Obama retreats on ozone and greenhouse gas regulations amid economic concerns, earning the ire of traditional sympathisers


Economic woes and pressure to create jobs in the US are impeding environmental regulation, resulting in President Obama being rebuked by traditional allies and applauded by political opponents.

This month the Environmental Protection Agency (EPA) has retreated on regulations to control ozone and greenhouse gas emissions. Former vice president Al Gore and groups like the Natural Resources Defense Council (NRDC) and the Union of Concerned Scientists (UCS) have attacked the President for his decision. 

Smog ozone regulations Philadelphia

Environmental regulations are under siege thanks to tough times in the US

Conflict erupted on 15 September when the EPA said it won’t meet the 30 September deadline for greenhouse gas regulations for power plants, after Obama ordered the agency to withdraw a proposal to reduce acceptable ozone levels from 0.75ppm to 0.7ppm or less.

In 2008, the EPA recommended that ground ozone should be within the range of 0.6-0.7ppm, after former President Bush set the standard at 0.75ppm.

Revisiting ozone

EPA Administrator Lisa Jackson delayed the ozone standards, but promised to revisit them in 2013. In July, Jackson argued that the current Bush era standards for ozone are ’not legally defensible given the scientific record’. 

Obama said he withdrew the ozone rule to reduce regulatory burdens during tough economic times. He added that he didn’t want to ask state and local governments to begin implementing a new standard that could be revised. 

Defending his decision, Obama touted his administration’s ’strong actions’ to protect the environment and human health, citing efforts to reduce mercury and other toxic air pollution from outdated power plants and to double automobile fuel efficiency. He also vowed to ’vigorously oppose’ attempts to weaken the EPA’s authority under the Clean Air Act. But even Obama’s traditional sympathisers weren’t convinced. 

Gore, a renowned environmental activist, said Obama ’bowed to pressure from polluters who did not want to bear the cost of implementing new restrictions’. NRDC also accused Obama of ’siding with corporate polluters over the American people,’ pointing out that the EPA is required to set protective standards based on science, not cost considerations. In addition, UCS said his decision means that ground-level ozone standards will ’remain outside the scientifically acceptable range’. 

Republican lawmakers, chemical industry celebrate

Meanwhile, Obama’s action on ozone is being celebrated by Republican lawmakers and industry groups. The American Chemistry Council (ACC) and Republican leaders painted the ozone and newly-delayed emissions regulations as job killers. They are also targeting EPA rules that propose new air emissions standards for boilers and commercial and industrial solid waste incinerators - which the agency delayed in May - as well as the EPA’s air pollution rule (CSPAR) that requires states to reduce air pollutants from power plants.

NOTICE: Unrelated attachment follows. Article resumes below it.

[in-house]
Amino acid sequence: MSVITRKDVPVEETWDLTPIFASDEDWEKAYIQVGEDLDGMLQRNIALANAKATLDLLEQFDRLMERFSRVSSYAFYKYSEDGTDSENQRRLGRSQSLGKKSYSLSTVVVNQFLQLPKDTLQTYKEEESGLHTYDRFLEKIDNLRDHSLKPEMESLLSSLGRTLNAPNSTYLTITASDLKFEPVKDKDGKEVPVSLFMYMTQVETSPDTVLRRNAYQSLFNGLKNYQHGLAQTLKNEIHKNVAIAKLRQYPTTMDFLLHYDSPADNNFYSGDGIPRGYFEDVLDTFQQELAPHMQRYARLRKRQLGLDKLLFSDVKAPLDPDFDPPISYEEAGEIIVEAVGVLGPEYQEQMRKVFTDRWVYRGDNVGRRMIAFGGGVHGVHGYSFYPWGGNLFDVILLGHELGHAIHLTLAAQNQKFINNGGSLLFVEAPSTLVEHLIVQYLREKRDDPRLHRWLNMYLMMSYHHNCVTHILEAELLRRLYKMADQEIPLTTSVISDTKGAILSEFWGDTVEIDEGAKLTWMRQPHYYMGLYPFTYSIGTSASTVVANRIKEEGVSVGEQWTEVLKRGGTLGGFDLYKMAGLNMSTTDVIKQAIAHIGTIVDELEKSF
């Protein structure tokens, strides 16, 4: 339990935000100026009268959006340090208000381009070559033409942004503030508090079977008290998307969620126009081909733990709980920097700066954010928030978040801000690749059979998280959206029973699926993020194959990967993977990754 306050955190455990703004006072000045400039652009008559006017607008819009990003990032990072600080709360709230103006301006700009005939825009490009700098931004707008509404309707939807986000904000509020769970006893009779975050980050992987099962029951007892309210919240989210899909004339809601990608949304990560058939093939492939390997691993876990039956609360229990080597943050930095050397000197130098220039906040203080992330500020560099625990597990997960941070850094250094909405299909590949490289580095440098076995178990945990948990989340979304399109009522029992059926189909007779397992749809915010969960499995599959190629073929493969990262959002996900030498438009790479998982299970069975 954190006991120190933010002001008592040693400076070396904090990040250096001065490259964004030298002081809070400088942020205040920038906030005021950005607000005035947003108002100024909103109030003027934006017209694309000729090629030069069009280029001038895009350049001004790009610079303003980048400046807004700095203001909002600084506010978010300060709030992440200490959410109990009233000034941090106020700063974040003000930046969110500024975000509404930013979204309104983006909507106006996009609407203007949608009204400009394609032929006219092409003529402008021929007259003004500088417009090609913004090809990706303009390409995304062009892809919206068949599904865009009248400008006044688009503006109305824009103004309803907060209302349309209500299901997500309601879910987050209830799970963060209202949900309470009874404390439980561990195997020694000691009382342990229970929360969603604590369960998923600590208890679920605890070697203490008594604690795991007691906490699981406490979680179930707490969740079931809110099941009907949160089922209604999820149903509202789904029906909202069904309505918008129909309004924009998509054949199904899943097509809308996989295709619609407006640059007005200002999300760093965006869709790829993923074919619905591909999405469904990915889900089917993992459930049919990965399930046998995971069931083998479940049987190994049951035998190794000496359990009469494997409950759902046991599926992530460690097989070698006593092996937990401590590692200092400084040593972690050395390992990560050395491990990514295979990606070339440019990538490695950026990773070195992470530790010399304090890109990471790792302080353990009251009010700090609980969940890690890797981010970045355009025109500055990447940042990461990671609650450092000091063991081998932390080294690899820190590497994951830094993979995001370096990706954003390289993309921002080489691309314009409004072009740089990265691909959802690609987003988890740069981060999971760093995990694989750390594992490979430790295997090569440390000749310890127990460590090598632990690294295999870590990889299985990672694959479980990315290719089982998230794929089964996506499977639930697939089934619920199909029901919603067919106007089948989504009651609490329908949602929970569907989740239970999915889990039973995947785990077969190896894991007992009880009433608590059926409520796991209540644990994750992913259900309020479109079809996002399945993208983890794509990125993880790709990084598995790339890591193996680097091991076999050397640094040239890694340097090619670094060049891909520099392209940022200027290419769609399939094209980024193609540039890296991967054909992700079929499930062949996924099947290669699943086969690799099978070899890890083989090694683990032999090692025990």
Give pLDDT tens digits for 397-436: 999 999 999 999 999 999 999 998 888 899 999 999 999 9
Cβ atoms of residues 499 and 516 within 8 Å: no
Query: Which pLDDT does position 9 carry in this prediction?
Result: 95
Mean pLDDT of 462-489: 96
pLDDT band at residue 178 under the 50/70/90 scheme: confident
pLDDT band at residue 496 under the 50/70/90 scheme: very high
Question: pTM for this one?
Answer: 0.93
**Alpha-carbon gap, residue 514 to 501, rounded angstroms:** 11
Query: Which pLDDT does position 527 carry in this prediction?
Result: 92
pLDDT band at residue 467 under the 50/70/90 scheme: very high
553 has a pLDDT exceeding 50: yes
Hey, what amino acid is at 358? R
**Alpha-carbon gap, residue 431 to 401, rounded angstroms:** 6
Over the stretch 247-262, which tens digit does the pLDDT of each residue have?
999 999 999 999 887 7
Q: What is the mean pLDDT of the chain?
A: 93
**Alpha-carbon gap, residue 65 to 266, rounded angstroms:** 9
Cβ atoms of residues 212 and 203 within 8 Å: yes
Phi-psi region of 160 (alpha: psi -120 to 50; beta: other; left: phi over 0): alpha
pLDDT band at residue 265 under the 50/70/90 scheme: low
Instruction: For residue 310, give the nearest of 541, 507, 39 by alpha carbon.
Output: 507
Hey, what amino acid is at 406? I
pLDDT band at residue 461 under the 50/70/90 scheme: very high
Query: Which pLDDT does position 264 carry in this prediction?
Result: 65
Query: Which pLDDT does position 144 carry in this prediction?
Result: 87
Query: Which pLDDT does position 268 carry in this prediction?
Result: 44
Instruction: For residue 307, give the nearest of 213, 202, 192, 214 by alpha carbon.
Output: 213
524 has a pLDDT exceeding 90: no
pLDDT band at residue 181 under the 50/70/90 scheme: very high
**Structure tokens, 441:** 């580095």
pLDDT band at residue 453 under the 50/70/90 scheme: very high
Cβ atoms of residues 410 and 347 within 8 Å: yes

CSPAR was described as an example of the EPA’s ’regulatory assault on American jobs’ during a 15 September hearing of the House’s science and technology committee. The panel’s chairman, Republican Ralph Hall from Texas, noted that companies in his state announced that they would have to cut jobs because of this rule. In fact, Texas House Speaker Joe Straus said on 12 September that the rule has cost 500 Texans their jobs.

But concerns about environmental regulations hurting jobs are refuted by an August report from the Northeast States for Coordinated Air Use Management, which found that clean fuels standard could increase employment by roughly 9000 to 50,000 jobs. A separate report that same month by NRDC and others showed that vehicle emissions standards and clean vehicle R&D are already responsible for 155,000 jobs at 504 facilities across the US. The report concluded that 119,000 jobs were created in this industry since 2009. 

Regulatory tension

’There is a tension between job creation and regulation that makes R&D and commercialisation of products more expensive,’ says Henry Miller, a former official with the US Food and Drug Administration who is now at Stanford University’s Hoover Institution, a conservative think tank. He tells Chemistry World that the EPA is ’often illogical and excessive’. For example, Miller says the agency’s regulation of genetically modified organisms has ’killed whole sectors of promising technology’. 

But, Craig Oren, an environmental lawyer at Rutgers University who served on several US National Academy of Sciences panels that addressed Clean Air Act issues, says estimates for implementing environmental regulations are notoriously high, but industry always finds better and cheaper ways to meet new standards by the time they come into force.

In particular, Oren says concerns about the economic impact of the now withdrawn ozone rule were excessive because the new standards wouldn’t go into effect for several years. ’The administration might be overreacting to a short-term situation,’ Oren says. ’It would be hard to explain why the EPA disregarded the conclusion of its own scientific panel.’

Environmental advocates worry that the administration’s recent actions set a dangerous precedent for other science-based public health and environmental protections, but others are more enthusiastic. 

’We think this bodes well,’ says Don Norman, an economist at the US Manufacturers Alliance. ’At least for the time being, the administration is paying attention to not only the benefits of environmental regulations, but the costs.’

Rebecca Trager, US correspondent for Research Europe